SECTION 408: The applicant will not require permission under Section 14 of the Rivers and Harbors Act (33 USC 408) because the activity, in whole or in part, would not alter, occupy, or use a Corps Civil Works project.
WATER QUALITY CERTIFICATION: This public notice serves as the notification to the EPA pursuant to section 401(a)(2) of the Clean Water Act. Water Quality Certification may be required from the Department of Planning and Natural Resources Division of Environmental Protection.
COASTAL ZONE MANAGEMENT CONSISTENCY: In the Virgin Islands, the Department of Planning and Natural Resources permit constitutes compliance with the Coastal Zone Management Plan. This project is being reviewed by the Division of Coastal Zone Management.
IMPACTS ON NATURAL RESOURCES: Coordination with U.S. Fish and Wildlife Service, Environmental Protection Agency (EPA), the National Marine Fisheries Services, the U.S. Virgin Islands Department of Planning and Natural Resources and other Federal, State, and local agencies, environmental groups, and concerned citizens generally yields pertinent environmental information that is instrumental in determining the impact the proposed action will have on the natural resources of the area.
EVALUATION: The decision whether to issue a permit will be based on an evaluation of the probable impact including cumulative impacts of the proposed activity on the public interest. That decision will reflect the national concern for both protection and utilization of important resources. The benefits, which reasonably may be expected to accrue from the proposal, must be balanced against its reasonably foreseeable detriments. All factors which may be relevant to the proposal will be considered including cumulative impacts thereof; among these are conservation, economics, esthetics, general environmental concerns, wetlands, historical properties, fish and wildlife values, flood hazards, floodplain values, land use, navigation, shoreline erosion and accretion, recreation, water supply and conservation, water quality, energy needs, safety, food, and fiber production, mineral needs, considerations of property ownership, and in general, the needs and welfare of the people. Evaluation of the impact of the activity on the public interest will also include application of the guidelines promulgated by the Administrator, EPA, under authority of Section 404(b) of the Clean Water Act.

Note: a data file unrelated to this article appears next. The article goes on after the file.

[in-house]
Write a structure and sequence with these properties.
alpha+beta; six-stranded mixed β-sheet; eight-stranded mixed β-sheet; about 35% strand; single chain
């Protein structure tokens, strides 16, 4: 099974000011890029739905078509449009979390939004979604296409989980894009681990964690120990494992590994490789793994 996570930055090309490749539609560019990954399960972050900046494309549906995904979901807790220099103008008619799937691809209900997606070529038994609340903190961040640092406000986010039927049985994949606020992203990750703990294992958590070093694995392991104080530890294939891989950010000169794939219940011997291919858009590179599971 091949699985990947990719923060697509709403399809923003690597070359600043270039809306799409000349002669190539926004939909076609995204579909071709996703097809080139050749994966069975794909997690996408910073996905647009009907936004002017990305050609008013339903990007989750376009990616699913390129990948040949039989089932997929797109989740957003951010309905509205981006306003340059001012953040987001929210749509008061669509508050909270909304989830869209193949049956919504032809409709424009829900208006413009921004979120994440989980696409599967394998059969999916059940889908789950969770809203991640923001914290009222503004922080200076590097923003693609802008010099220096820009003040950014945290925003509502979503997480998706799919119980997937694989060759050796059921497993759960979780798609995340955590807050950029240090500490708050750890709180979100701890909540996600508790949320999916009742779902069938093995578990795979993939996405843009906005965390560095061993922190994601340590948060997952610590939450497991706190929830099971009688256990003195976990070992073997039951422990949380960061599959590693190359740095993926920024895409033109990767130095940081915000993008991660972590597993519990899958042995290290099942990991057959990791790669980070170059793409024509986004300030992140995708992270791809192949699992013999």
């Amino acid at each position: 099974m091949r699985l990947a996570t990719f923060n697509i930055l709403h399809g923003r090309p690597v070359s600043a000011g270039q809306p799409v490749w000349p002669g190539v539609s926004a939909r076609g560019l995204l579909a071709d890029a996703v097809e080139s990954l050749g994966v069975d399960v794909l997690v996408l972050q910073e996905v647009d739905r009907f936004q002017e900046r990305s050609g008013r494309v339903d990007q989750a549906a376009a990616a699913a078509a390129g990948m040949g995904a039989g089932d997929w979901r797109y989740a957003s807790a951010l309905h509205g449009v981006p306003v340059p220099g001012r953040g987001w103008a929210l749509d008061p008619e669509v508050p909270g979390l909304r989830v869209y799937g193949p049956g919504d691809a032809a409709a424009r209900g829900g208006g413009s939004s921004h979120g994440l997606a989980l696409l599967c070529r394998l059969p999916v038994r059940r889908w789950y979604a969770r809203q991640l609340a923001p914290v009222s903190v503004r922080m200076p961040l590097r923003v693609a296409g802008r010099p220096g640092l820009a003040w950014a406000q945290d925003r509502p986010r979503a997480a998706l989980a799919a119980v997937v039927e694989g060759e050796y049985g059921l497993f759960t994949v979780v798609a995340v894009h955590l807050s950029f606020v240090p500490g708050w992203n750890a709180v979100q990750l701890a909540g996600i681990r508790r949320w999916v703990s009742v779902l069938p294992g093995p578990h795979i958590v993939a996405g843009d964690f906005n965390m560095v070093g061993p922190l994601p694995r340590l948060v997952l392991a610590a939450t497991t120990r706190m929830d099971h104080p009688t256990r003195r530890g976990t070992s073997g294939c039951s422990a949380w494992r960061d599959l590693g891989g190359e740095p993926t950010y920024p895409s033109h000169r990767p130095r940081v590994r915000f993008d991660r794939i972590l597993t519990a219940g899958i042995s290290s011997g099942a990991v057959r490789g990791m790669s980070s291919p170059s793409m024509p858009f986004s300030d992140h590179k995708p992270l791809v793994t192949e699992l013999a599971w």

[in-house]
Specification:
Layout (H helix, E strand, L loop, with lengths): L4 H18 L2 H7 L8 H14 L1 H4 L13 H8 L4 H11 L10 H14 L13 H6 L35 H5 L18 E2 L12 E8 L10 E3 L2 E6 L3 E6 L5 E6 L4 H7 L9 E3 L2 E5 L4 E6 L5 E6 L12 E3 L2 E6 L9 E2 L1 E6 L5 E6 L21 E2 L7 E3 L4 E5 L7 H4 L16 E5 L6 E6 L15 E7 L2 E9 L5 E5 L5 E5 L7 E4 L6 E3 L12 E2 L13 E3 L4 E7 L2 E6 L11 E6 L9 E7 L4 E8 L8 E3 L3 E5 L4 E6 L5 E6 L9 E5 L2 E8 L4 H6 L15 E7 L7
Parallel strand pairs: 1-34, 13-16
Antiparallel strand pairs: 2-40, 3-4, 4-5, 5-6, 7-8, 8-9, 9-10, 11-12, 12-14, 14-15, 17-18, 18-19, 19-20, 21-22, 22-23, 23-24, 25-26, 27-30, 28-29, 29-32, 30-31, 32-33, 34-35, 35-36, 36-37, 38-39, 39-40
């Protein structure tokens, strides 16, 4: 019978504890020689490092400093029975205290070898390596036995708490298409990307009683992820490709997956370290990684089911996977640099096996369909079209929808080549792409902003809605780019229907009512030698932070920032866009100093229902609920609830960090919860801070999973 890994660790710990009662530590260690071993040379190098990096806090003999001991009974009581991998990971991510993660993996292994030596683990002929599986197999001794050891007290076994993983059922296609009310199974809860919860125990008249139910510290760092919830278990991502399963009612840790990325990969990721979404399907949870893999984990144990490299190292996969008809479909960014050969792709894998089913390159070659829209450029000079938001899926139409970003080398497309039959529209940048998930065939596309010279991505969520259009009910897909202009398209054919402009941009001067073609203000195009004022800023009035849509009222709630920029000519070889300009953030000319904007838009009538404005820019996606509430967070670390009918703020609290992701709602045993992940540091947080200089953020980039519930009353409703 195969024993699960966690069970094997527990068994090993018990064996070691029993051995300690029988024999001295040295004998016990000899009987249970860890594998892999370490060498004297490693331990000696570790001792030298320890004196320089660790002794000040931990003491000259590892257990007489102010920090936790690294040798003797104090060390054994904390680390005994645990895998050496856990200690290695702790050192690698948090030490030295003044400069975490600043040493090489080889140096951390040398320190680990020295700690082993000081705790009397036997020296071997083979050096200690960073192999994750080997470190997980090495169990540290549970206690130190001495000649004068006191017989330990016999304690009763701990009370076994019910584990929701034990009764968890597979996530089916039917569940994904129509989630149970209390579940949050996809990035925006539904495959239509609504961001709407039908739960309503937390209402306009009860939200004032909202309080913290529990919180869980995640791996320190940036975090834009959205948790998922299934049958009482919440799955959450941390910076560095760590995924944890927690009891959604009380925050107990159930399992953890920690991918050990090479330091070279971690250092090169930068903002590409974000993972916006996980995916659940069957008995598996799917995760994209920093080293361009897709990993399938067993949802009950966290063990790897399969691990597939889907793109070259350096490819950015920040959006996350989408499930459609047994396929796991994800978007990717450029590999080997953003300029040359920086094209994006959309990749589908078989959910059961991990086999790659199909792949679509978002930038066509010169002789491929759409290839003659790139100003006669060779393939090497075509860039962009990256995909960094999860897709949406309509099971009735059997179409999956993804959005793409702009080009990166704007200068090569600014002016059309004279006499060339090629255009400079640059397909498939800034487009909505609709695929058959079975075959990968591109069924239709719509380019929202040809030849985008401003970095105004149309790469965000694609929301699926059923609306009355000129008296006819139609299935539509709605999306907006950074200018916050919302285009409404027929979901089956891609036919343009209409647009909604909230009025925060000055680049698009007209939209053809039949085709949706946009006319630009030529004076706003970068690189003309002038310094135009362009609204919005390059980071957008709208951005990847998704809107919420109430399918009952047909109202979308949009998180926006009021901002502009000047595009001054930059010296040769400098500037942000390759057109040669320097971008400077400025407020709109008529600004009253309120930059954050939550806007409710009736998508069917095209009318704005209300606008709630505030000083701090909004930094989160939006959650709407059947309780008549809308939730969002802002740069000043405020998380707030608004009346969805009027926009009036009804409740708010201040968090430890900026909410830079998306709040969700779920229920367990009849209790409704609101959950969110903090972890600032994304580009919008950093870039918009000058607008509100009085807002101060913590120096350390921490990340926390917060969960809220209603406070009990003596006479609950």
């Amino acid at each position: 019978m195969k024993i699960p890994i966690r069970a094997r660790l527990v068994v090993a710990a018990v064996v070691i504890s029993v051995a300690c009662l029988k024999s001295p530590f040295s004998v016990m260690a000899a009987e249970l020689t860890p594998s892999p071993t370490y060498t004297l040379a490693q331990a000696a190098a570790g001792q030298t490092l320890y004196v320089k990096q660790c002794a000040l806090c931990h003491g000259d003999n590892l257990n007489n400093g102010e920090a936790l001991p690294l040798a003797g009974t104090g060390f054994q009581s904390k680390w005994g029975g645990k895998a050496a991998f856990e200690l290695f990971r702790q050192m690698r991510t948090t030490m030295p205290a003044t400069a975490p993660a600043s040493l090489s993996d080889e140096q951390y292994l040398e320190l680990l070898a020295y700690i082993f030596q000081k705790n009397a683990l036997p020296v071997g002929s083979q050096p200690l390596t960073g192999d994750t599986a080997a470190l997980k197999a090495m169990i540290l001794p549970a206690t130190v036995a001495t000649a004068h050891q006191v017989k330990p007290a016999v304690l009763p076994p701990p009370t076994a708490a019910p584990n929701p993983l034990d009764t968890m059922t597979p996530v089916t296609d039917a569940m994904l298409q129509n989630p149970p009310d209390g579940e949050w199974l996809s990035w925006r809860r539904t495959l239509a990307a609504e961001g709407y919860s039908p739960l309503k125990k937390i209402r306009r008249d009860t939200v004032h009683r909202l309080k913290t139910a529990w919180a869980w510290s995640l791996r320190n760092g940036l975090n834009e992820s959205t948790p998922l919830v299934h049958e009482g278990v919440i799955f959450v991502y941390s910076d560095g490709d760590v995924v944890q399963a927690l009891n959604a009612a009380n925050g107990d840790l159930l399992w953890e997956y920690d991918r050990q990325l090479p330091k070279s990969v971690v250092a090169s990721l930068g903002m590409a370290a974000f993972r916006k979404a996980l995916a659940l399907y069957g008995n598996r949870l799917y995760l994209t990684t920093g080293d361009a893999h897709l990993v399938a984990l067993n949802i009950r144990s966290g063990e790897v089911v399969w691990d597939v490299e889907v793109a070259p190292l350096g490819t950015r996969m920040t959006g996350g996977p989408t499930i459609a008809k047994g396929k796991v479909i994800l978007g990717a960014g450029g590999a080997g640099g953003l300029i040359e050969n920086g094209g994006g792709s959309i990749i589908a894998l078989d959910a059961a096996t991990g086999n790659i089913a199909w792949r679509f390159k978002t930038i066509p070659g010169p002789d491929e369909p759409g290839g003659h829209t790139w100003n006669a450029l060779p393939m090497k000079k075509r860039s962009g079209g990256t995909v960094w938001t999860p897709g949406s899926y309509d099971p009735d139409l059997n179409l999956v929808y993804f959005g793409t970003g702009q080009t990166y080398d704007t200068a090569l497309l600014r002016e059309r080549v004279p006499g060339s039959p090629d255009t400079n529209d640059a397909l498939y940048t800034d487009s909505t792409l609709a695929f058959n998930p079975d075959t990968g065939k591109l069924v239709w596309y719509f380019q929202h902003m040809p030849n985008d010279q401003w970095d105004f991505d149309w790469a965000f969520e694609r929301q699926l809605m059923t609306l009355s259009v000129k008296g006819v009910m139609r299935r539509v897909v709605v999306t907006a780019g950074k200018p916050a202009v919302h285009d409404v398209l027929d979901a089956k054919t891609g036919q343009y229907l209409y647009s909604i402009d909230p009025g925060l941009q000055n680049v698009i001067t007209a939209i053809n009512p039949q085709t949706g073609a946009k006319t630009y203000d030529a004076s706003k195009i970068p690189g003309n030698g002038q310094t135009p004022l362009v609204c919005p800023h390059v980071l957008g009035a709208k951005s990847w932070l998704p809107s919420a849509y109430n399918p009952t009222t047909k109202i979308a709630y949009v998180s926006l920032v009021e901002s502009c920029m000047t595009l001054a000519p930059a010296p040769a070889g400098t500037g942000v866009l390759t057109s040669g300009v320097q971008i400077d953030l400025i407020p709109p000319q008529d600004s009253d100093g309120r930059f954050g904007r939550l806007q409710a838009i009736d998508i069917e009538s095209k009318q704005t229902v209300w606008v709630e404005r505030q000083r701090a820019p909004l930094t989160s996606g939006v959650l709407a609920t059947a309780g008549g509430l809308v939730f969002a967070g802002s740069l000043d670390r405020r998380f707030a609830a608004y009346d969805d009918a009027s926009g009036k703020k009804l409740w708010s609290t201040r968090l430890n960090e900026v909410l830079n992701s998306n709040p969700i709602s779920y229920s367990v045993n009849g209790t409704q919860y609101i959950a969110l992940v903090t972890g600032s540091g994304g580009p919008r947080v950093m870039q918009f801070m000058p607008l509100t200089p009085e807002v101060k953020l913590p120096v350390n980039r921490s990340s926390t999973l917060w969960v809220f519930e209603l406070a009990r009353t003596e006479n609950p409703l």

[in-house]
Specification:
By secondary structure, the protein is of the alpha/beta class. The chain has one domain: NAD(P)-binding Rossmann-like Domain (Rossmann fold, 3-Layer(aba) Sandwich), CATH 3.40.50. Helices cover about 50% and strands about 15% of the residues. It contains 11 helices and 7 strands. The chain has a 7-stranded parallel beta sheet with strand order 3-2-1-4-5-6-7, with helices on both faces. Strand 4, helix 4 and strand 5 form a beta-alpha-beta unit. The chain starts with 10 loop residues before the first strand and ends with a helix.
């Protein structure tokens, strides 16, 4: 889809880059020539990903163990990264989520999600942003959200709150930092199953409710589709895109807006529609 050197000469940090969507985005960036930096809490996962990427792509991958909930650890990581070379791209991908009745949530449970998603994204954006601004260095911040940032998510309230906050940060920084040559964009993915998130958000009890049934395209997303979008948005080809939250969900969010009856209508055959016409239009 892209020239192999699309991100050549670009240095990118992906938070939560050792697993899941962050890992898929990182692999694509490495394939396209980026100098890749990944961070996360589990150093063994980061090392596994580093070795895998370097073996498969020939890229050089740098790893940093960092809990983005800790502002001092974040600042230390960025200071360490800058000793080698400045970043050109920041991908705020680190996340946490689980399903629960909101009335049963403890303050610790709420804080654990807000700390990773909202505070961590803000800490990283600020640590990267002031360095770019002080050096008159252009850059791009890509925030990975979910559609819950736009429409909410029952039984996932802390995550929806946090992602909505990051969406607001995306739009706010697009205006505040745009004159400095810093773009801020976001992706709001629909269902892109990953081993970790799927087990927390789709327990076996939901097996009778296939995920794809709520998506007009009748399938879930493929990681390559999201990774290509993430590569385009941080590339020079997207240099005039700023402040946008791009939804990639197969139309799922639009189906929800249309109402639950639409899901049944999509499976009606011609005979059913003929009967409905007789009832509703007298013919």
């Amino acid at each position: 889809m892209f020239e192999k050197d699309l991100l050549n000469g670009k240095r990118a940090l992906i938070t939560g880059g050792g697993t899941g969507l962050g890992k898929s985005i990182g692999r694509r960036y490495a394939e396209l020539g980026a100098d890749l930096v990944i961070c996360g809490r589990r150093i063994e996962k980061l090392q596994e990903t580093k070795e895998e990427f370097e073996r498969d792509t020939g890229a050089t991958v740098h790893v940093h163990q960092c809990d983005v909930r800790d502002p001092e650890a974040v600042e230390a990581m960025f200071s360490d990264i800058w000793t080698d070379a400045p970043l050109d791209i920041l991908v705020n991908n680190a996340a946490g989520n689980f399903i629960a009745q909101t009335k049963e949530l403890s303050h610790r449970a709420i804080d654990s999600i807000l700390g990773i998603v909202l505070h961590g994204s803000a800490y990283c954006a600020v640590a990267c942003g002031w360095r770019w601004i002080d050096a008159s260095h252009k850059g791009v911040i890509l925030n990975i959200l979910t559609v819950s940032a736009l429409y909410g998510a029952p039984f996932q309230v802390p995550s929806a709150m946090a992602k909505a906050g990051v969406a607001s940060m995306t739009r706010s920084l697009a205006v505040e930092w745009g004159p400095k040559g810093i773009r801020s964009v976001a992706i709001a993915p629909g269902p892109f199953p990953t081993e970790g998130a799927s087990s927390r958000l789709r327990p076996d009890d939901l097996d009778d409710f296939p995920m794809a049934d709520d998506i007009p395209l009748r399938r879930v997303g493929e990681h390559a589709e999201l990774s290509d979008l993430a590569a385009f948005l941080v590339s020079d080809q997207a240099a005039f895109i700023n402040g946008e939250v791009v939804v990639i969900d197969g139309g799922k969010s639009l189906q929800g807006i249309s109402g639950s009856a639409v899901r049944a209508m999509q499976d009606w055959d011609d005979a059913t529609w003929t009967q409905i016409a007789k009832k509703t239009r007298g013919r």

The US Army Corps of Engineers (Corps) is soliciting comments from the public; Federal, State, and local agencies and officials; and other Interested parties in order to consider and evaluate the impacts of this proposed activity. Any comments received will be considered by the Corps to determine whether to issue, modify, condition, or deny a permit for this proposal. To make this determination, comments are used to assess impacts to endangered species, historic properties, water quality, general environmental effects, and the other public interest factors listed above. Comments are also used to determine the need for a public hearing and to determine the overall public interest of the proposed activity.
The decision whether to issue or deny this permit application will be based on the information received from this public notice and the evaluation of the probable impact to the associated marine waters. This is based on an analysis of the applicant's avoidance and minimization efforts for the project, as well as the compensatory mitigation proposed.
NOTE: This public notice is being issued based on information furnished by the applicant. This information has not been verified or evaluated to ensure compliance with laws and regulation governing the regulatory program.
REQUEST FOR PUBLIC HEARING: Any person may request a public hearing. The request must be submitted in writing to the District Engineer within the designated comment period of the notice and must state the specific reasons for requesting the public hearing. Please submit any requests to the attention of the District Engineer at the address in the letterhead or emailed (preferred) to Karen Urelius at: Karen.M.Urelius@usace.army.mil
COMMENTS: The Corps is accepting comments regarding the potential authorization of the proposed work. Comments must be submitted within 30 days from the date of this notice. Comments should be submitted in writing to the attention of the District Engineer and either sent to the address in the letterhead or emailed (preferred) to Karen Urelius at: Karen.M.Urelius@usace.army.mil
QUESTIONS: If you have questions concerning this application please direct them to the project manager, Karen Urelius, at Karen.M.Urelius@usace.army.mil or by telephone at (787) 370-8359.